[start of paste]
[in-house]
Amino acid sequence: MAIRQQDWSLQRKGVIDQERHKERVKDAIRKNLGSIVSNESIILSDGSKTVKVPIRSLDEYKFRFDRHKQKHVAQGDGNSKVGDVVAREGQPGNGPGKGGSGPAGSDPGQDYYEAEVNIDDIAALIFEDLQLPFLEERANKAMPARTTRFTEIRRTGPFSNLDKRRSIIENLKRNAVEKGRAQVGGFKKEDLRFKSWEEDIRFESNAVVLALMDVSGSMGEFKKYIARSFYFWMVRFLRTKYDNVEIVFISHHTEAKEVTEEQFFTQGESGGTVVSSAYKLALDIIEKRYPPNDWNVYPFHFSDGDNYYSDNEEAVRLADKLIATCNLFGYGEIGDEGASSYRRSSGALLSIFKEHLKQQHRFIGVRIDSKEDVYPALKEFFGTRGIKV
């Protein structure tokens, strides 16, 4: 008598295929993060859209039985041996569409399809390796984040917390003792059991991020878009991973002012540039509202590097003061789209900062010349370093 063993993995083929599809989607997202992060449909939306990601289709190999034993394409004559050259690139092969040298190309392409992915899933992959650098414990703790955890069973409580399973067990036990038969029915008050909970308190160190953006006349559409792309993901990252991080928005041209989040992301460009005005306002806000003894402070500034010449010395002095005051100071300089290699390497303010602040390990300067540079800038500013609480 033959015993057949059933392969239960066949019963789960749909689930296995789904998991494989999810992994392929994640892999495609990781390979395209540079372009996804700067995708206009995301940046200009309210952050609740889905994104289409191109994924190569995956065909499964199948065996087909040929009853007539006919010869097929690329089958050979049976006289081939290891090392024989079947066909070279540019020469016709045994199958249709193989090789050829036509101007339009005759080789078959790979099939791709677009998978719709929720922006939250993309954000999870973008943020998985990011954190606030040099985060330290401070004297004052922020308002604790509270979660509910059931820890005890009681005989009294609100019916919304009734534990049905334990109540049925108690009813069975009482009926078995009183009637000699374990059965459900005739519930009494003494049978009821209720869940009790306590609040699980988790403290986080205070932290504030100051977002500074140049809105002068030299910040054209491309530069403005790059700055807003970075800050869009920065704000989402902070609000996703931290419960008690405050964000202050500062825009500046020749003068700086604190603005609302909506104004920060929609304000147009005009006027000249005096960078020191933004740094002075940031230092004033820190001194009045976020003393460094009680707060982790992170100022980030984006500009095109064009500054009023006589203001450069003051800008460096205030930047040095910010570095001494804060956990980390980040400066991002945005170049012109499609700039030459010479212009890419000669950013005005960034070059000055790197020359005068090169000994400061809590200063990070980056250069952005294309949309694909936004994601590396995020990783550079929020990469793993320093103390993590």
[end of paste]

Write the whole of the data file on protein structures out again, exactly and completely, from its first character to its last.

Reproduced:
[in-house]
Amino acid sequence: MAIRQQDWSLQRKGVIDQERHKERVKDAIRKNLGSIVSNESIILSDGSKTVKVPIRSLDEYKFRFDRHKQKHVAQGDGNSKVGDVVAREGQPGNGPGKGGSGPAGSDPGQDYYEAEVNIDDIAALIFEDLQLPFLEERANKAMPARTTRFTEIRRTGPFSNLDKRRSIIENLKRNAVEKGRAQVGGFKKEDLRFKSWEEDIRFESNAVVLALMDVSGSMGEFKKYIARSFYFWMVRFLRTKYDNVEIVFISHHTEAKEVTEEQFFTQGESGGTVVSSAYKLALDIIEKRYPPNDWNVYPFHFSDGDNYYSDNEEAVRLADKLIATCNLFGYGEIGDEGASSYRRSSGALLSIFKEHLKQQHRFIGVRIDSKEDVYPALKEFFGTRGIKV
């Protein structure tokens, strides 16, 4: 008598295929993060859209039985041996569409399809390796984040917390003792059991991020878009991973002012540039509202590097003061789209900062010349370093 063993993995083929599809989607997202992060449909939306990601289709190999034993394409004559050259690139092969040298190309392409992915899933992959650098414990703790955890069973409580399973067990036990038969029915008050909970308190160190953006006349559409792309993901990252991080928005041209989040992301460009005005306002806000003894402070500034010449010395002095005051100071300089290699390497303010602040390990300067540079800038500013609480 033959015993057949059933392969239960066949019963789960749909689930296995789904998991494989999810992994392929994640892999495609990781390979395209540079372009996804700067995708206009995301940046200009309210952050609740889905994104289409191109994924190569995956065909499964199948065996087909040929009853007539006919010869097929690329089958050979049976006289081939290891090392024989079947066909070279540019020469016709045994199958249709193989090789050829036509101007339009005759080789078959790979099939791709677009998978719709929720922006939250993309954000999870973008943020998985990011954190606030040099985060330290401070004297004052922020308002604790509270979660509910059931820890005890009681005989009294609100019916919304009734534990049905334990109540049925108690009813069975009482009926078995009183009637000699374990059965459900005739519930009494003494049978009821209720869940009790306590609040699980988790403290986080205070932290504030100051977002500074140049809105002068030299910040054209491309530069403005790059700055807003970075800050869009920065704000989402902070609000996703931290419960008690405050964000202050500062825009500046020749003068700086604190603005609302909506104004920060929609304000147009005009006027000249005096960078020191933004740094002075940031230092004033820190001194009045976020003393460094009680707060982790992170100022980030984006500009095109064009500054009023006589203001450069003051800008460096205030930047040095910010570095001494804060956990980390980040400066991002945005170049012109499609700039030459010479212009890419000669950013005005960034070059000055790197020359005068090169000994400061809590200063990070980056250069952005294309949309694909936004994601590396995020990783550079929020990469793993320093103390993590």